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Surnames on Parade

Dear Mexican: I've run into a problem with my wife. I'd like to proudly display our last name on the back window of the family car, but she won't allow it. How can I convince her that's it's a long and honored Mexican tradition to do so? — Tejano Rick

P.S.: How and where did this name-display tradition start, and why do Mexicans like to display the names of the Mexican states they are from?

Dear Wab: A Mexican man who allows his mujer a say — now I've heard everything! But she won't need the backside of your hand to see things your way. Just tell tu esposa and the dozens of readers who ask me your question (it's the third-most-popular pregunta to the Mexican, after why Mexicans swim with their clothes on and why the Mexican love for Morrissey) that the answer to the sticker mystery is self-evident. Next to skin color and big belt buckles, surnames are the ultimate status symbol in Mexico, a legacy of our colonial masters. The Spaniards were so obsessed with ancestry that many used the last names of their parents, grandparents, and great-grandparents to flap around like the proverbial penis, breaking them up with the possessives de (of), y (and), and ¡ (kidding!). Mexicans — ever the resourceful pelados — kept the name game but chopped it down to just two: the apellidos of mami and papi. The Mexican's full name, for instance, is Mexican Zapata Quetzalcoatl. Though the names might be smaller, the familial pride isn't, so Mexicans display their heritage every which way they can, cabrón: over their doorsteps, initialized onto ornate belts, stitched into caps, and, yes, splayed across windows in giant Olde English font. The same logic applies to stickers referencing Mexican states: pride in your heritage. I swear, gentle readers: Use your cabezas sometimes. Look at American license plates — they usually boast about the beauty of a particular state, correct? So why don't people fuss over that? Right, because those license plates are American — and everything American is not Mexican and therefore bueno.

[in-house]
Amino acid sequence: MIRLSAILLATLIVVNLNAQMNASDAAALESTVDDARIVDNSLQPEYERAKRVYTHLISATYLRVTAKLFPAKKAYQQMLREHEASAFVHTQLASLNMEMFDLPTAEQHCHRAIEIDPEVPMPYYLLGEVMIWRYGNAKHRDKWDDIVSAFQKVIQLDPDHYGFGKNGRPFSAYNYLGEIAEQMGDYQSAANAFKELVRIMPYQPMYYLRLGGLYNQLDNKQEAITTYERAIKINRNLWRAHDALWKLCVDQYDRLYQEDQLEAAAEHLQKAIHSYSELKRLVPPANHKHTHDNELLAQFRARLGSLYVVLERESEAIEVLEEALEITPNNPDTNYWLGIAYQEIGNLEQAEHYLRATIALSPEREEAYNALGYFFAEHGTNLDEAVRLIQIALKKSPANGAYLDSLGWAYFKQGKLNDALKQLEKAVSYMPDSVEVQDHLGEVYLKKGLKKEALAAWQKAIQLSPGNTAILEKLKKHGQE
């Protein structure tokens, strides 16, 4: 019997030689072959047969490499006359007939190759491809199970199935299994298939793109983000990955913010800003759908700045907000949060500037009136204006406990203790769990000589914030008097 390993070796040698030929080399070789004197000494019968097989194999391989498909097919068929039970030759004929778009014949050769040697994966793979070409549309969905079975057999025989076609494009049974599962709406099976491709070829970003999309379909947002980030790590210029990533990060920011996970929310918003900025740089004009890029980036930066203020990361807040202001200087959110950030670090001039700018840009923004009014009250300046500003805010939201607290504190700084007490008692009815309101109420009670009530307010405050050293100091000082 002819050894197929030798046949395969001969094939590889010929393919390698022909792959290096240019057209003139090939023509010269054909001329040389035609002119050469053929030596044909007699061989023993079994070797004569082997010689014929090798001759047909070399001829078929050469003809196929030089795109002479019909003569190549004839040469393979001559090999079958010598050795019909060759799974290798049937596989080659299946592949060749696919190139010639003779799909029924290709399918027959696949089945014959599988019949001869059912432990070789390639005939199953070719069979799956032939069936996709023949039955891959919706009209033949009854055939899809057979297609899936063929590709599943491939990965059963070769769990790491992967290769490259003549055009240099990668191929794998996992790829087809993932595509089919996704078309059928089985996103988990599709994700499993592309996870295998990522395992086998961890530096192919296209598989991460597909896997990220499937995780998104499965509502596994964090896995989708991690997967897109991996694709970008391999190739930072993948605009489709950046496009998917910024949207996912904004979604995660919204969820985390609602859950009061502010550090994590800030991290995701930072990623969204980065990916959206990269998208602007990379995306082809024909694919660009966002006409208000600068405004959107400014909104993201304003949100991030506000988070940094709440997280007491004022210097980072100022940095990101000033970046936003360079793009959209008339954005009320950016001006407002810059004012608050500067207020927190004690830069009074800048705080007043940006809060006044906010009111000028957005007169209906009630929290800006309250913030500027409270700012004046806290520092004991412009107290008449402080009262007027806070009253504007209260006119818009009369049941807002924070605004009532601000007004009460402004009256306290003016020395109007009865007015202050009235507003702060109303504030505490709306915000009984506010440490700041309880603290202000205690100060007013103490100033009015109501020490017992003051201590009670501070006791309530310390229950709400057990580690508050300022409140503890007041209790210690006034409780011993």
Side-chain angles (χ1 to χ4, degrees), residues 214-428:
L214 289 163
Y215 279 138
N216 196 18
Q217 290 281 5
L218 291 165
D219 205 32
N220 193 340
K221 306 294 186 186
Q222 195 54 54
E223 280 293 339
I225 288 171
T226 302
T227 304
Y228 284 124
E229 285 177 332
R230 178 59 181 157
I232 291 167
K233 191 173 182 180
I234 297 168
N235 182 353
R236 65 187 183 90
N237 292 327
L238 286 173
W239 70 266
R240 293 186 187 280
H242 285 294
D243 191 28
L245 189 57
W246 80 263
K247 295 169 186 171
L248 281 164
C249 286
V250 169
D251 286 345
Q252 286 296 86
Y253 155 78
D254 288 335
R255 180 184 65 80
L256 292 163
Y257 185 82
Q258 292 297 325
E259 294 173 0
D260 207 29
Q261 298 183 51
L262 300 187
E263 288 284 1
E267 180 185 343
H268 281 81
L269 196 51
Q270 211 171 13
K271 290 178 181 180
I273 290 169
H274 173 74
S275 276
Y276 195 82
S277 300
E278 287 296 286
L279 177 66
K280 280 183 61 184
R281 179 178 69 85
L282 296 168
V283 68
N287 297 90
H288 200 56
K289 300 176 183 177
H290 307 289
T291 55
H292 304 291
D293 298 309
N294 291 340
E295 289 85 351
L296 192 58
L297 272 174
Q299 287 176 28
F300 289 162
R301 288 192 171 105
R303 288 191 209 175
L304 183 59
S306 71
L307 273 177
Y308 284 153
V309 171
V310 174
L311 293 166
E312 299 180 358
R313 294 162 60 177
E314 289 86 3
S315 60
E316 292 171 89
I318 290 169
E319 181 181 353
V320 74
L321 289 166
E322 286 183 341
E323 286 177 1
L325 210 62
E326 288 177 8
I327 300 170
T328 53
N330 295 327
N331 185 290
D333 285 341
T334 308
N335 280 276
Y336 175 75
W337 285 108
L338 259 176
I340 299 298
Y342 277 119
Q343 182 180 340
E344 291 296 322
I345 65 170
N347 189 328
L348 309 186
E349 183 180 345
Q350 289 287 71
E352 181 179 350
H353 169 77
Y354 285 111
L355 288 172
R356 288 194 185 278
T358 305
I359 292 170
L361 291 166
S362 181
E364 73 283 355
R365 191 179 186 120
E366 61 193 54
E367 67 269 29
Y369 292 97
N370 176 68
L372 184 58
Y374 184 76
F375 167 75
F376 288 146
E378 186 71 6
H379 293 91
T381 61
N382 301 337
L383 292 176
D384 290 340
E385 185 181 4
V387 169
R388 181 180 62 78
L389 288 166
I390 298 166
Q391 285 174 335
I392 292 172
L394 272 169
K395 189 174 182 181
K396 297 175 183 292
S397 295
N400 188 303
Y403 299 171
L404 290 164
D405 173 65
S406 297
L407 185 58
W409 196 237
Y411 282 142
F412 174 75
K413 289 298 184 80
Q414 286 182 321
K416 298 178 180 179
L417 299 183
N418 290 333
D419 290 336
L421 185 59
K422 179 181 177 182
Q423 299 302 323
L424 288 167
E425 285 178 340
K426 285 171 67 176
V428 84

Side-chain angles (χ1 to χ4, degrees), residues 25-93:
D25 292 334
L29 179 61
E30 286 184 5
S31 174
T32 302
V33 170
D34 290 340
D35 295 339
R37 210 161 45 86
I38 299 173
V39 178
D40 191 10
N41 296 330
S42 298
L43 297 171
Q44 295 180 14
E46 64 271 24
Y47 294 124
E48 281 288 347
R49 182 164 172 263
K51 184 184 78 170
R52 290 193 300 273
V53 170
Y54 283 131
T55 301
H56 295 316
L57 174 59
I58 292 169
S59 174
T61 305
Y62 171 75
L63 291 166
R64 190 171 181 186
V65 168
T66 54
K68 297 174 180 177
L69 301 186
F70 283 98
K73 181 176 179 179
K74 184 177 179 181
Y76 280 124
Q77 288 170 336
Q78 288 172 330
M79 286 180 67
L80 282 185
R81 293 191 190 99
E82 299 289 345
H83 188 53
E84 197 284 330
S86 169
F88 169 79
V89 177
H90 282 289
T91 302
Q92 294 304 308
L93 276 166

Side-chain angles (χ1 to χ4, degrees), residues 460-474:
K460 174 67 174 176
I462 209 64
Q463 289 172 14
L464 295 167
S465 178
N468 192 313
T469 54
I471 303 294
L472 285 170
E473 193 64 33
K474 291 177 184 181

It's a major talking point of La Raza spokespeople that the current influx of Central American immigrants into the United States represents a reconquering of land that was stolen by the gabachos. Is there any reason to believe that if the stolen Southwest portion of the U.S. had been under Mexican stewardship all along, that millions of Mexicans wouldn't be trying to emigrate east instead of north? — Un Poco Loco

Dear Mucho Crazy Gabacho: Man, what mezcal worms were you chewing on while typing this? Nevertheless, let's try to cut through your pendejadas. If by "La Raza spokespeople," you're referring to the National Council on La Raza (the wabby version of the NAACP), they've gone on record as having "never supported" or "endors[ing] the notion of a 'Reconquista' or 'Aztlán.' " If by "La Raza spokespeople," you're referring to those few stupid Chicanos who believe the current Latino demographic revolution in the American Southwest is divine Aztec justice, remember that their reconquista applies only to Mexicans; we want Guatemalans to stay in Guatemala just like ustedes. But on to your question: The historical speculation you proposed is not only correct but it's already happening. With the conquest of Aztlán complete, Mexicans are moving onto virgin territories in the South and East, aided by the Mexican government's continued ineptitude and good ol' American capitalism. Don't like this scenario? Then hop onto a plane bound for Cuba and see how far socialism takes you.

Got a spicy question about Mexicans? Ask the Mexican at [email protected].

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Gustavo Arellano
Contact: Gustavo Arellano

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